Arms control agreements are by their very nature controversial. They often fall short of achieving everything that was hoped for. Potential gaps in enforcement can make the threat worse, and even if the parties abide by the terms of the agreement, evasion is always suspected.
Yet as imperfect as these agreements are, they provide a chance that the world can move in a safer direction. The key is that no arms deal can be effective in a policy vacuum. Any deal must be tied to a larger strategy to protect national security interests. As an example, the nuclear arms deals with the Soviet Union were justified not so much deal by deal but as part of a broader policy of containment.
And so it is with the still-controversial Iran nuclear arms agreement.
In itself, the Iran deal would appear to reward Tehran for defying the world, make funds available for its extremist activities and generally make it stronger militarily and economically. Although the agreement provides for a temporary delay in Iran's nuclear enrichment capability, it allows Tehran to retain its nuclear infrastructure and obtain sanctions relief. The risk is that Iran could become an even bigger threat to the region.
Let's face it, given the situation in the Middle East, empowering Iran in any way seems like a dangerous gamble. Islamic State is on the march; the Arab Spring is in shreds; Syria and Yemen are failed states; Iran is supporting Syria's Bashar Assad, Hezbollah and the Houthis in Yemen; the Saudis are fighting in Yemen; Egypt is fighting in the Sinai Peninsula; Hamas and Hezbollah are rearming to confront Israel; the Palestinians are languishing; Libya is fighting itself; Turkey is fighting ISIS and the Kurds.
The response of the United States to these threats is driven more by the crisis of the moment than by any overarching geopolitical or military strategy. The principal driving motivation appears to be to avoid being trapped by another war in the region.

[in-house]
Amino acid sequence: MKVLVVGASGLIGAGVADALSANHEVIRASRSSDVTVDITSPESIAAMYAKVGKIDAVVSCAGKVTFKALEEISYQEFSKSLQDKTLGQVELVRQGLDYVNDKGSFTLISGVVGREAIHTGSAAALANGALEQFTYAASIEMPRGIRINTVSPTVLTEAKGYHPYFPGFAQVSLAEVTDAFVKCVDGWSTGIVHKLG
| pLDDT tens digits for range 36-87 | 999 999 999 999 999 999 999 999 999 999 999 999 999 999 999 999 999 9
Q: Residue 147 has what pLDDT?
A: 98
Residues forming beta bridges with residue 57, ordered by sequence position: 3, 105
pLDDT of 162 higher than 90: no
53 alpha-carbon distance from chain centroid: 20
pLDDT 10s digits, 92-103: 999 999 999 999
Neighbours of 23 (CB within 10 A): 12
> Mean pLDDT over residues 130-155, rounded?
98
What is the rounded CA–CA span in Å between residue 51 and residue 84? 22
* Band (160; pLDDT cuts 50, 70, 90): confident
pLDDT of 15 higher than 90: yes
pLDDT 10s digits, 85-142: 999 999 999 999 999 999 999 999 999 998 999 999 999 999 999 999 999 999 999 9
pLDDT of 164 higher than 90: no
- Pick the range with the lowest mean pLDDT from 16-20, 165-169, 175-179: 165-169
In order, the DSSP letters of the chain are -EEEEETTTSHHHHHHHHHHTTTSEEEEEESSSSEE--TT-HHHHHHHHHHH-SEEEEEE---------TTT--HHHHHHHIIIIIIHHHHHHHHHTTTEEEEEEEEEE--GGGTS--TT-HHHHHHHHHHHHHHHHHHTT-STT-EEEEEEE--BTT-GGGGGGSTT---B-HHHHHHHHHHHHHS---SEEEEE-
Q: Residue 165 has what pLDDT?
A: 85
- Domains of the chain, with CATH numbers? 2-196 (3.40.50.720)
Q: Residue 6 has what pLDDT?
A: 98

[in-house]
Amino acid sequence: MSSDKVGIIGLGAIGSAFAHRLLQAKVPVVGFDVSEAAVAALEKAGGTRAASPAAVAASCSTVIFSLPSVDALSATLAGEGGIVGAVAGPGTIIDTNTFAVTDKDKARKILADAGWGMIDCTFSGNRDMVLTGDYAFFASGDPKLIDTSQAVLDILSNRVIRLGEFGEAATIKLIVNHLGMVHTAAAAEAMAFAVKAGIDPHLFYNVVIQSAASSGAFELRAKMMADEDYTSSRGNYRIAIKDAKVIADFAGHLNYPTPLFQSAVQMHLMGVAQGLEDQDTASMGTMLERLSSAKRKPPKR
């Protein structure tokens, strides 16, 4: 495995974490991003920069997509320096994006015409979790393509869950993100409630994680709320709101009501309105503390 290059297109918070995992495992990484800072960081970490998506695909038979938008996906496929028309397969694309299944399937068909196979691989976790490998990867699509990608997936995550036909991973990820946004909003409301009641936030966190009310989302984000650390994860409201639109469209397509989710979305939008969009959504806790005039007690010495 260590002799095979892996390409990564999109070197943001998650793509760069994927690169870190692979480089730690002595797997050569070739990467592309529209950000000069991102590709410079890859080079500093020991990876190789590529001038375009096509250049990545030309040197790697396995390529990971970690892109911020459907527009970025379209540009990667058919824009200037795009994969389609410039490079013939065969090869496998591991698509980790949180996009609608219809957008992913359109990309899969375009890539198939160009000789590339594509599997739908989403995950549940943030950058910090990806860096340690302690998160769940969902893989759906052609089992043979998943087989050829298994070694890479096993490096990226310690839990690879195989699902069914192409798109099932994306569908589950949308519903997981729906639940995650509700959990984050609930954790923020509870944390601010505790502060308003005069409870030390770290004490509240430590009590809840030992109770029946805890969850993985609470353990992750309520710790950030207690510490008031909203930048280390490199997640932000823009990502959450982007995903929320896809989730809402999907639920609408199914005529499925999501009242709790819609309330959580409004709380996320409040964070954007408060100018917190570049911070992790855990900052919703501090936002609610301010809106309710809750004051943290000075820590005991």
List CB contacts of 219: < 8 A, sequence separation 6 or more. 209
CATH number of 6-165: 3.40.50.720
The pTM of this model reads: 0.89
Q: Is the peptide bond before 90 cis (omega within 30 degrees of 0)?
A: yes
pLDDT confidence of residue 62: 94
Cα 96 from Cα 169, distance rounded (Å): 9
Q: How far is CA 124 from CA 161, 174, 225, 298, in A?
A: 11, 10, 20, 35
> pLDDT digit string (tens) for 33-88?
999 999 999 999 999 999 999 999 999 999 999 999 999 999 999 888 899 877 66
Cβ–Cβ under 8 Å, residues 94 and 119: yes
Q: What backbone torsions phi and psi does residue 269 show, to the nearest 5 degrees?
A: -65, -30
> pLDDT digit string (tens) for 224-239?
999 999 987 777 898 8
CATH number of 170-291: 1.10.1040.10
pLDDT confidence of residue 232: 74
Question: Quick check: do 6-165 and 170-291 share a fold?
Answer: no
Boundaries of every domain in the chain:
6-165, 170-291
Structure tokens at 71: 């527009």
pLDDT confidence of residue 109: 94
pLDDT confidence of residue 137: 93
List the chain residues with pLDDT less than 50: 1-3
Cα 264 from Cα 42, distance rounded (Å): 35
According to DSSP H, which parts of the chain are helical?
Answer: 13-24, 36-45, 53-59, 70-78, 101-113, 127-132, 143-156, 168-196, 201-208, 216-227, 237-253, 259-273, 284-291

Yet the Iran deal provides the United States with an opportunity to define a policy of strength, not ambivalence, in the Middle East. The administration need only make clear that the fundamental purpose of the nuclear deal is not just to constrain Iran's nuclear ambitions but to build a strong coalition that will confront both Iran and terrorism in the future.
The following steps are crucial for such a strategy:
Enforce the deal. A certain inertia follows the approval of any arms deal. That cannot happen in this case. The United States must work diligently with its allies, the United Nations and the International Atomic Energy Agency to fully implement the constraints in the agreement. Any violation, even a small one, must be swiftly and strongly addressed.
Maintain a strong military presence. Force projection by our naval, air and ground forces is vital for defending our interests.
Expand intelligence capability. If Iran violates the agreement, it will do so covertly. For that reason, the United States must restore its cooperative intelligence relationship with Israel and invest in intelligence operations with our other allies. Monitoring Iranian activity, targeting terrorist leaders and networks, and assessing potential threats and hidden activities will be crucial for both stability and security in the region.
Make it clear that force is an option. Although the use of force should never be the first response, the argument against military action has been made so often that it has created uncertainty about our will to do what we say. For that reason, Congress should pass a resolution authorizing the current and future presidents to use force to prevent Iran from ever obtaining a nuclear weapon. This is U.S. policy; there should be no doubt that force can be used if necessary to stop Tehran from building a bomb.
Bolster the Middle East coalition. When I was secretary of Defense, working with Secretary of State Hillary Rodham Clinton, we began to build a security force with the countries of the Gulf Cooperation Council. Those efforts should continue. Because we provide significant military aid to both Israel and our Arab allies, there is no reason we should not have a joint operations center to better coordinate and direct the efforts of our allies in fighting terrorism and the destabilizing influence of Iran. We must redouble our efforts to bolster the security capabilities of our Sunni partners, including Egypt, the United Arab Emirates, Saudi Arabia and others. Such a coalition is vital to maintaining the balance of power in the region.
With the Iran deal, President Obama has taken the right first step in seeking to limit Iran's ability to obtain a nuclear weapon. As of this week, he has the votes to veto potential congressional disapproval. Rather than sending a message of a divided America, Congress should support the deal. What should sell it to those who still object is this: The agreement opens the door to a larger U.S. strategy to advance peace and stability in the Middle East. That makes the Iran deal not just a gamble but an opportunity for a safer world.
Leon E. Panetta was secretary of Defense from 2011 to 2013.